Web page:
In fact, Twitter translation has a whole game associated with it. They have translator badges you earn when you complete the translation center registration. As you translate content, you earn karma points. As you gain more points, you gain better badges. You keep them as long as you keep an active translation account. In this way, Twitter is constantly growing their translator base, refining their translations into languages from around the world, and keeping everything up to date.

Twitter as a company is headquartered in San Francisco California, and has offices in Atlanta, Boston, Boulder, Chicago, Cincinnati, Detroit, Los Angeles, Miami, New York, Seattle, Sunnyvale, and Washington D.C.. In addition, they have over 35 offices around the world, with a grand total of 3,860 employees.

More Statistics and a History Lesson

The company was founded in 2006 by Jack Dorsey, Evan Williams, Biz Stone, and Noah Glass. It was, back then, called Twttr, in acknowledgement of the need for character limiting on mobile phones back then.

Twttr First Website

Smartphones and lengthy texts weren’t commonplace; the 140 character limit comes from the length of one single text sent over cell service.

  • Jack Dorsey has continued on as the CEO of Twitter, and has also founded Square, one of the most popular forms of mobile payments available for small businesses today. Square is exceptionally easy to use, with a simple app and a plug-in adapter for smartphones.
  • Noah Glass hasn’t had quite the same amount of success, with a podcasting company Odeo that closed in 2007. His website hasn’t been updated since 2009, and his Twitter was last active in 2013. He is known as the “forgotten co-founder” and his story is somewhat heartbreaking.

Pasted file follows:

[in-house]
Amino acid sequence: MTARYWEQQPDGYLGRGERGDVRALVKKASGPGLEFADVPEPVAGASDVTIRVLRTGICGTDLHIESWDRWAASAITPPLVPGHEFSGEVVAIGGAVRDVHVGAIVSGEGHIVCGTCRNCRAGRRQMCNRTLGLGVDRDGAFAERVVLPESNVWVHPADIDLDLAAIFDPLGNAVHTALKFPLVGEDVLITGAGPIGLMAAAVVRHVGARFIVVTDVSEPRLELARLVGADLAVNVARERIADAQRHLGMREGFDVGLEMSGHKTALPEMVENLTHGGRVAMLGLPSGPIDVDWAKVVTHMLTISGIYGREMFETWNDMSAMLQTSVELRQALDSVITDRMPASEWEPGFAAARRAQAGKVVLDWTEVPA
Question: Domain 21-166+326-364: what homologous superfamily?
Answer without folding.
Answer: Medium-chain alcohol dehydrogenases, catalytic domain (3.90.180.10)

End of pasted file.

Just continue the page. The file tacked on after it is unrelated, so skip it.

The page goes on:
• Biz Stone has gone on to do many things, including launching many web household names, such as Xanga, Medium, Lyft, Square, and Jelly. He’s an angel investor, so he has fingers in many pies.
  • Evan Williams founded Blogger, helped with Odeo and Twitter, contributed with Medium, and has continued as a broad-spectrum entrepreneur online.

The concept of Hashtags was created by Chris Messina in 2007. His original tweet still exists and has been linked often, including right here. Around the same time, Twitter was really beginning to take off, in the 2007 SXSW conference. Many people attending the conference took to what we now call livetweeting the experience, sharing information in a way no other format could share. Micro-tweets broke news before blogs could write posts and edit them, and long before news agencies could write and publish.

Twitter’s Initial Public Offering happened in 2013. Shares opened at $26 each and closed at just under $45, which placed Twitter’s value as a company around 31 billion dollars. Since then, they have had a bit of a rocky time, as Twitter stumbled trying to find their groove again, making changes to the platform and, in some cases, reverting them.

Twitter has had a number of outages over the years, some more serious than others. For example: